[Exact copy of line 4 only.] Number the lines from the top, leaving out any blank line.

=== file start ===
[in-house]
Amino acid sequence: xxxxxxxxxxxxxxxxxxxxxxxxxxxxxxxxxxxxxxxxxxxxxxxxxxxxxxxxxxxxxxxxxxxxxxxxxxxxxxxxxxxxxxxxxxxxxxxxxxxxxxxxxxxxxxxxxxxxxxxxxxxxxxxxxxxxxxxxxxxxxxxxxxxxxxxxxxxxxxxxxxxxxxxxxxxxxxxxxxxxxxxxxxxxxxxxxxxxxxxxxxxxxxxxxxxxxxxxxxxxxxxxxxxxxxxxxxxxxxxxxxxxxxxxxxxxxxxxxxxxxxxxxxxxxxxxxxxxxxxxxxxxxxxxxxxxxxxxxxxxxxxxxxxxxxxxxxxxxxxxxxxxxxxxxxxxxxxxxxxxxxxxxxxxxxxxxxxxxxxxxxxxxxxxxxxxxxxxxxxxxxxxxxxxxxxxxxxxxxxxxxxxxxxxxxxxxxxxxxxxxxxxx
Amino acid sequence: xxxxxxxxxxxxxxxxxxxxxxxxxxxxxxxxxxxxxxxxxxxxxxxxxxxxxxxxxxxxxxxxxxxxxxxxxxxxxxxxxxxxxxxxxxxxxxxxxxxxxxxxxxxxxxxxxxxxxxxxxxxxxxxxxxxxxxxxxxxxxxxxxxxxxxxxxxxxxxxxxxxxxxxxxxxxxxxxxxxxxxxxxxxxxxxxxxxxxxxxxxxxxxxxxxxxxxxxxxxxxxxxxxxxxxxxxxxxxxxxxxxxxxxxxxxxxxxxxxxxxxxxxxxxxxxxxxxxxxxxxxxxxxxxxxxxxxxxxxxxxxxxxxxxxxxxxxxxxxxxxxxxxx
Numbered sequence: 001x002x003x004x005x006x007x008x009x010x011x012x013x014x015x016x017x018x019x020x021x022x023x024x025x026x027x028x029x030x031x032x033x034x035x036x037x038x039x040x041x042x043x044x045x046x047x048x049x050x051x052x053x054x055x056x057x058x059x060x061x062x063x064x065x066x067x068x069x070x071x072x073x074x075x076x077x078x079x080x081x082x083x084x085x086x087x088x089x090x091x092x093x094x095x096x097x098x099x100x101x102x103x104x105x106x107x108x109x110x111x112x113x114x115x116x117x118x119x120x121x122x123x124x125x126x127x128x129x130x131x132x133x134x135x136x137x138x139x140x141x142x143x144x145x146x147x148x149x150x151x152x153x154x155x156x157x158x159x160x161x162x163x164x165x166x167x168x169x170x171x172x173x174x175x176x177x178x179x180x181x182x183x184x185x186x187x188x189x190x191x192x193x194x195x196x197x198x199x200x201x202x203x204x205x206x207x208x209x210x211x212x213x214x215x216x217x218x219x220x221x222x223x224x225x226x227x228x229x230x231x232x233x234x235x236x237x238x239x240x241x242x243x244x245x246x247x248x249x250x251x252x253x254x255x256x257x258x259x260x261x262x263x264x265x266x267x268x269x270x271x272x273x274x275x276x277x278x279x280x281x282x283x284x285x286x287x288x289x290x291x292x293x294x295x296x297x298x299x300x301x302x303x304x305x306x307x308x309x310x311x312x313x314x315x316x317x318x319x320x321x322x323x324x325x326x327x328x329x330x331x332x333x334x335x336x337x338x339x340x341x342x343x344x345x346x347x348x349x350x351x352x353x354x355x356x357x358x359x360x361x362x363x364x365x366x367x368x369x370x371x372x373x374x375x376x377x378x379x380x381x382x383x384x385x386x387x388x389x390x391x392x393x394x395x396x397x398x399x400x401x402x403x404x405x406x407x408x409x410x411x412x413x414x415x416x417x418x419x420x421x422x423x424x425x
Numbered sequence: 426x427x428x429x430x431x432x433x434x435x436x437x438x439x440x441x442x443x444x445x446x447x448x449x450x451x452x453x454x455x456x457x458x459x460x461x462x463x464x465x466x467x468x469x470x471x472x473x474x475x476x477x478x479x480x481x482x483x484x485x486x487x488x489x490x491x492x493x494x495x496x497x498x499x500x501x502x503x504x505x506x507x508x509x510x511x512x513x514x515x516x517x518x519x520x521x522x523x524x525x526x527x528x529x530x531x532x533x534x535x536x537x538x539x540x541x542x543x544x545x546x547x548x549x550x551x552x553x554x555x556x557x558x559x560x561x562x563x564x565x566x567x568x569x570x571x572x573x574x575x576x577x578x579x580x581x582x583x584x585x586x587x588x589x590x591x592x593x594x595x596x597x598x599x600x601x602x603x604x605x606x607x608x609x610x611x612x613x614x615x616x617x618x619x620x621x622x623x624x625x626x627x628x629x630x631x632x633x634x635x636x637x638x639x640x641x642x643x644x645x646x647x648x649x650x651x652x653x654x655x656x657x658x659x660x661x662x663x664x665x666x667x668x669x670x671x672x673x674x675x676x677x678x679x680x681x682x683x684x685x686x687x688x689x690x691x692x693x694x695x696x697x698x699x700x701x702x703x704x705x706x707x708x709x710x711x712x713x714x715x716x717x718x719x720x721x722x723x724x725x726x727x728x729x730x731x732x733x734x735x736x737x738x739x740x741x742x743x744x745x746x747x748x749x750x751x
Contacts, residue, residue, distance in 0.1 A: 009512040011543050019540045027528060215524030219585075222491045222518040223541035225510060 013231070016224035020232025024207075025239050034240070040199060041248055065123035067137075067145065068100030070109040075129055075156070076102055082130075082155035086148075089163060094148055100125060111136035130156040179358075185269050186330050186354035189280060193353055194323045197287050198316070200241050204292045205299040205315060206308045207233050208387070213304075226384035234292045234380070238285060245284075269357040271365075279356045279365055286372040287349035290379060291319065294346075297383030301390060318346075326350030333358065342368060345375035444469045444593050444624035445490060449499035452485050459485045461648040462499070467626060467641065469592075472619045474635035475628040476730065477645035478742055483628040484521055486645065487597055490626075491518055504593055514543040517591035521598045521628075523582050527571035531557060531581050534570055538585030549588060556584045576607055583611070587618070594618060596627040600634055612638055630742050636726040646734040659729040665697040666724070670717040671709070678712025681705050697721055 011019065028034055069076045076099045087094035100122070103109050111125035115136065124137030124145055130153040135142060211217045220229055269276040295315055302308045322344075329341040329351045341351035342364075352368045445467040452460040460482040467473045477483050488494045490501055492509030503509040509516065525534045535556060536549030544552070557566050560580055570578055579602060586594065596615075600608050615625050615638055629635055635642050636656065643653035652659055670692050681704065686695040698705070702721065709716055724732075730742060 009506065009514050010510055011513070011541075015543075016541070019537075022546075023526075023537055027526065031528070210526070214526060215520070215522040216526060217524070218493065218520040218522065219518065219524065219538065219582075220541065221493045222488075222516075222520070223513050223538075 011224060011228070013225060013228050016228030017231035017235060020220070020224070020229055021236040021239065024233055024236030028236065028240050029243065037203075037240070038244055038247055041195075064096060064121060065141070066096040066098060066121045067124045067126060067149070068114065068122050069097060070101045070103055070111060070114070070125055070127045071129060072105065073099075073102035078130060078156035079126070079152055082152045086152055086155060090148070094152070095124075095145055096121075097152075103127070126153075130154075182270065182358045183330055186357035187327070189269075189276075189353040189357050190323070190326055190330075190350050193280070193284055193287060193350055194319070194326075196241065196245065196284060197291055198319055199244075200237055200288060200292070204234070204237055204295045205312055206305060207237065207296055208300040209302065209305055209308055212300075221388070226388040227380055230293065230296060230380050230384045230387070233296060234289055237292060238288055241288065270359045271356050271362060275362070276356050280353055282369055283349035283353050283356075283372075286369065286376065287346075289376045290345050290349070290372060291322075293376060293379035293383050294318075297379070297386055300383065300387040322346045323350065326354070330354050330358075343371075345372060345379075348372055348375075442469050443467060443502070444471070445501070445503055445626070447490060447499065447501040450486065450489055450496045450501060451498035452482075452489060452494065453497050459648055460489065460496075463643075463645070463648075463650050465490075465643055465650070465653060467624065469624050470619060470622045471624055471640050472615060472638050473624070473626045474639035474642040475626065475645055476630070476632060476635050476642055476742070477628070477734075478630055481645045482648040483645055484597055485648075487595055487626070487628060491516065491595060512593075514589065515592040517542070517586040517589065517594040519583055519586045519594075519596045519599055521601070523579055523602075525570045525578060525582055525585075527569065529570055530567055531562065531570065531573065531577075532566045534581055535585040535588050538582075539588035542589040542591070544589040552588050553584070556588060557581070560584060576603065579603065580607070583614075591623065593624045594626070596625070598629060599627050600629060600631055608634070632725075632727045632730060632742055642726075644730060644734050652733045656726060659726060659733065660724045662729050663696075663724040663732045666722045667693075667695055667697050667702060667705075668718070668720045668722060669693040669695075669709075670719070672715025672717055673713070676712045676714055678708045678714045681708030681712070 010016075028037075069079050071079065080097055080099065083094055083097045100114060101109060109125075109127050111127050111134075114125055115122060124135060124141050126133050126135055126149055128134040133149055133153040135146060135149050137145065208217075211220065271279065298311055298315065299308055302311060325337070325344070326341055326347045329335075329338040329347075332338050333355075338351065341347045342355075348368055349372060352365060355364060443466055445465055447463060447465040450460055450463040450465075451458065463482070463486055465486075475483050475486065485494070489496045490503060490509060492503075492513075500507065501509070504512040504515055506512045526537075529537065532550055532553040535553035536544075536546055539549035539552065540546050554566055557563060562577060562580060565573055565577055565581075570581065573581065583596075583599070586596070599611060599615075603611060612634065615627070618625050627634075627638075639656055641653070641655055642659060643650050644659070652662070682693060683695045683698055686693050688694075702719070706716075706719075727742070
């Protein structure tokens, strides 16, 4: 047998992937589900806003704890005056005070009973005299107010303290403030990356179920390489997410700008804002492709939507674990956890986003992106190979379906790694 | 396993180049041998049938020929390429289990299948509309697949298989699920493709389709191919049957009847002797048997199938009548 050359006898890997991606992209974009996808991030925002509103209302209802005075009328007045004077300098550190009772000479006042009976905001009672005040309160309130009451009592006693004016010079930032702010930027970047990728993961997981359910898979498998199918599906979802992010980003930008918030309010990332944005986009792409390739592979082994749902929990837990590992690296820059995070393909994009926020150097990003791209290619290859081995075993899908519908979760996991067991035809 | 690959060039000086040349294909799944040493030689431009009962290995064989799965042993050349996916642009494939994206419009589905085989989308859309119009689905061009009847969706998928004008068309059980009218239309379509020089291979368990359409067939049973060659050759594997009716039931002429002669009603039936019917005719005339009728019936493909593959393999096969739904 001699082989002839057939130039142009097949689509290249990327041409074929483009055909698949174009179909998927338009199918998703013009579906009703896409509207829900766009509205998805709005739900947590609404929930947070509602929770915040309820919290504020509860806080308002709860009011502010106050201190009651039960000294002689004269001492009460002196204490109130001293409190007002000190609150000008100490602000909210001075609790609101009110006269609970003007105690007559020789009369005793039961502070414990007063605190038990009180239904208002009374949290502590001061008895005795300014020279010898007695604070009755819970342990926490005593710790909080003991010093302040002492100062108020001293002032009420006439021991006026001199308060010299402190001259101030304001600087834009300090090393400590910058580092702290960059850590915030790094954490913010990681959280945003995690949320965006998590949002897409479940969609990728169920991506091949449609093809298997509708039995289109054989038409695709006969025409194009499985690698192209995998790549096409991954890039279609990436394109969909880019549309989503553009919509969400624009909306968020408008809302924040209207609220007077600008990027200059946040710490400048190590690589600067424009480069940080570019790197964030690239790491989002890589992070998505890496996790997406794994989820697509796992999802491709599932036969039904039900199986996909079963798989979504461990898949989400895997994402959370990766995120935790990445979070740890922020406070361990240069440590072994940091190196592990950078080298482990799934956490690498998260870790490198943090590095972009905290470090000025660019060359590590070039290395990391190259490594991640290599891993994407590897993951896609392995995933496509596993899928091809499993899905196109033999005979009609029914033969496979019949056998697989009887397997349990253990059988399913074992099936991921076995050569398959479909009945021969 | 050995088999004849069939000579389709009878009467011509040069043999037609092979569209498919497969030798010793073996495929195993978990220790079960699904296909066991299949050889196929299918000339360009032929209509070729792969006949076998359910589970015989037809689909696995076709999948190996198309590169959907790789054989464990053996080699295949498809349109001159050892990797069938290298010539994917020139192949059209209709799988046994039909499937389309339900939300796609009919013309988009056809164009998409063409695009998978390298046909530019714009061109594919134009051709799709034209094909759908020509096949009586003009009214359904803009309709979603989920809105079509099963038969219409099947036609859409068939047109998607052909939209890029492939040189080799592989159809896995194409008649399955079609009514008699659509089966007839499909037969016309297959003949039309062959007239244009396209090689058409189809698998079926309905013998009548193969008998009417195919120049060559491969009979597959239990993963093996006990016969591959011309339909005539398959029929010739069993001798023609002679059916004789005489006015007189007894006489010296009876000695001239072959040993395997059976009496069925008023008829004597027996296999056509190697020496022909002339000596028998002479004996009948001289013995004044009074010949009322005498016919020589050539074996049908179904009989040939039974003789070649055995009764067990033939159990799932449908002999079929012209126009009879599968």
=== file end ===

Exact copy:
Numbered sequence: 001x002x003x004x005x006x007x008x009x010x011x012x013x014x015x016x017x018x019x020x021x022x023x024x025x026x027x028x029x030x031x032x033x034x035x036x037x038x039x040x041x042x043x044x045x046x047x048x049x050x051x052x053x054x055x056x057x058x059x060x061x062x063x064x065x066x067x068x069x070x071x072x073x074x075x076x077x078x079x080x081x082x083x084x085x086x087x088x089x090x091x092x093x094x095x096x097x098x099x100x101x102x103x104x105x106x107x108x109x110x111x112x113x114x115x116x117x118x119x120x121x122x123x124x125x126x127x128x129x130x131x132x133x134x135x136x137x138x139x140x141x142x143x144x145x146x147x148x149x150x151x152x153x154x155x156x157x158x159x160x161x162x163x164x165x166x167x168x169x170x171x172x173x174x175x176x177x178x179x180x181x182x183x184x185x186x187x188x189x190x191x192x193x194x195x196x197x198x199x200x201x202x203x204x205x206x207x208x209x210x211x212x213x214x215x216x217x218x219x220x221x222x223x224x225x226x227x228x229x230x231x232x233x234x235x236x237x238x239x240x241x242x243x244x245x246x247x248x249x250x251x252x253x254x255x256x257x258x259x260x261x262x263x264x265x266x267x268x269x270x271x272x273x274x275x276x277x278x279x280x281x282x283x284x285x286x287x288x289x290x291x292x293x294x295x296x297x298x299x300x301x302x303x304x305x306x307x308x309x310x311x312x313x314x315x316x317x318x319x320x321x322x323x324x325x326x327x328x329x330x331x332x333x334x335x336x337x338x339x340x341x342x343x344x345x346x347x348x349x350x351x352x353x354x355x356x357x358x359x360x361x362x363x364x365x366x367x368x369x370x371x372x373x374x375x376x377x378x379x380x381x382x383x384x385x386x387x388x389x390x391x392x393x394x395x396x397x398x399x400x401x402x403x404x405x406x407x408x409x410x411x412x413x414x415x416x417x418x419x420x421x422x423x424x425x